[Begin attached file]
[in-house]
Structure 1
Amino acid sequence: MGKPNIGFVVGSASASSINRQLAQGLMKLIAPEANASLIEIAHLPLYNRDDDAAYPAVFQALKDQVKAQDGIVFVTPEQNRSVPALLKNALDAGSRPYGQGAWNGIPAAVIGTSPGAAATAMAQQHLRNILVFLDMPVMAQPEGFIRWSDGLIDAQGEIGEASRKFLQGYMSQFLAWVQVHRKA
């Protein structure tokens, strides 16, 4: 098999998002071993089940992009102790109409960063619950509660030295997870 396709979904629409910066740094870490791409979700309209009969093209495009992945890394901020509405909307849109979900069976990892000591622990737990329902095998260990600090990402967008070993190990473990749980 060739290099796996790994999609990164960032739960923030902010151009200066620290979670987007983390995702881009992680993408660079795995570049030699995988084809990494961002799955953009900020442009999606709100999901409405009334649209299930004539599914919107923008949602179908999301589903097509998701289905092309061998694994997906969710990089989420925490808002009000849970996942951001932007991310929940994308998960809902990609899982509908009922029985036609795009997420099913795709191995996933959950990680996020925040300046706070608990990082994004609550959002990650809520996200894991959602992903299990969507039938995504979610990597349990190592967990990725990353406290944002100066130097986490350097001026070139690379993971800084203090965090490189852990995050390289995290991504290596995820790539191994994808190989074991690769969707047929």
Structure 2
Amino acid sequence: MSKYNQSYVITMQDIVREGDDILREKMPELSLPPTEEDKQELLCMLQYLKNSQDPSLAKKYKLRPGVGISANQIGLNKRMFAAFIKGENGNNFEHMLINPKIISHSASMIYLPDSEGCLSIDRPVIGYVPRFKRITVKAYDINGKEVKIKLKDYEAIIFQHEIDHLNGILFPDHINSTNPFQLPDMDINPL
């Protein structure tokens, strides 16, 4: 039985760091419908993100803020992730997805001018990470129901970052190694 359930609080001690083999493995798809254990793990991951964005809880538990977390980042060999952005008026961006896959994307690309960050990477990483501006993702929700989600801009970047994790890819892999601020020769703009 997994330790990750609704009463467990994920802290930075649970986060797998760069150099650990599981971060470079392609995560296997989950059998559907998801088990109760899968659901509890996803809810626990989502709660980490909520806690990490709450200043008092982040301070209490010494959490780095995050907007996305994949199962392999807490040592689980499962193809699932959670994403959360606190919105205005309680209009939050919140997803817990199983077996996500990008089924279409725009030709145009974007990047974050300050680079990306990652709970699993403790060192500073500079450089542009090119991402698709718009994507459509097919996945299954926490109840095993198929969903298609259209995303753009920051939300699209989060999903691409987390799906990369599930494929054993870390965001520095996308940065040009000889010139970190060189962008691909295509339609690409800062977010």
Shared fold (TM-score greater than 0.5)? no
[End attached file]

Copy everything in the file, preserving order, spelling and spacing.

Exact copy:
[in-house]
Structure 1
Amino acid sequence: MGKPNIGFVVGSASASSINRQLAQGLMKLIAPEANASLIEIAHLPLYNRDDDAAYPAVFQALKDQVKAQDGIVFVTPEQNRSVPALLKNALDAGSRPYGQGAWNGIPAAVIGTSPGAAATAMAQQHLRNILVFLDMPVMAQPEGFIRWSDGLIDAQGEIGEASRKFLQGYMSQFLAWVQVHRKA
């Protein structure tokens, strides 16, 4: 098999998002071993089940992009102790109409960063619950509660030295997870 396709979904629409910066740094870490791409979700309209009969093209495009992945890394901020509405909307849109979900069976990892000591622990737990329902095998260990600090990402967008070993190990473990749980 060739290099796996790994999609990164960032739960923030902010151009200066620290979670987007983390995702881009992680993408660079795995570049030699995988084809990494961002799955953009900020442009999606709100999901409405009334649209299930004539599914919107923008949602179908999301589903097509998701289905092309061998694994997906969710990089989420925490808002009000849970996942951001932007991310929940994308998960809902990609899982509908009922029985036609795009997420099913795709191995996933959950990680996020925040300046706070608990990082994004609550959002990650809520996200894991959602992903299990969507039938995504979610990597349990190592967990990725990353406290944002100066130097986490350097001026070139690379993971800084203090965090490189852990995050390289995290991504290596995820790539191994994808190989074991690769969707047929």
Structure 2
Amino acid sequence: MSKYNQSYVITMQDIVREGDDILREKMPELSLPPTEEDKQELLCMLQYLKNSQDPSLAKKYKLRPGVGISANQIGLNKRMFAAFIKGENGNNFEHMLINPKIISHSASMIYLPDSEGCLSIDRPVIGYVPRFKRITVKAYDINGKEVKIKLKDYEAIIFQHEIDHLNGILFPDHINSTNPFQLPDMDINPL
């Protein structure tokens, strides 16, 4: 039985760091419908993100803020992730997805001018990470129901970052190694 359930609080001690083999493995798809254990793990991951964005809880538990977390980042060999952005008026961006896959994307690309960050990477990483501006993702929700989600801009970047994790890819892999601020020769703009 997994330790990750609704009463467990994920802290930075649970986060797998760069150099650990599981971060470079392609995560296997989950059998559907998801088990109760899968659901509890996803809810626990989502709660980490909520806690990490709450200043008092982040301070209490010494959490780095995050907007996305994949199962392999807490040592689980499962193809699932959670994403959360606190919105205005309680209009939050919140997803817990199983077996996500990008089924279409725009030709145009974007990047974050300050680079990306990652709970699993403790060192500073500079450089542009090119991402698709718009994507459509097919996945299954926490109840095993198929969903298609259209995303753009920051939300699209989060999903691409987390799906990369599930494929054993870390965001520095996308940065040009000889010139970190060189962008691909295509339609690409800062977010």
Shared fold (TM-score greater than 0.5)? no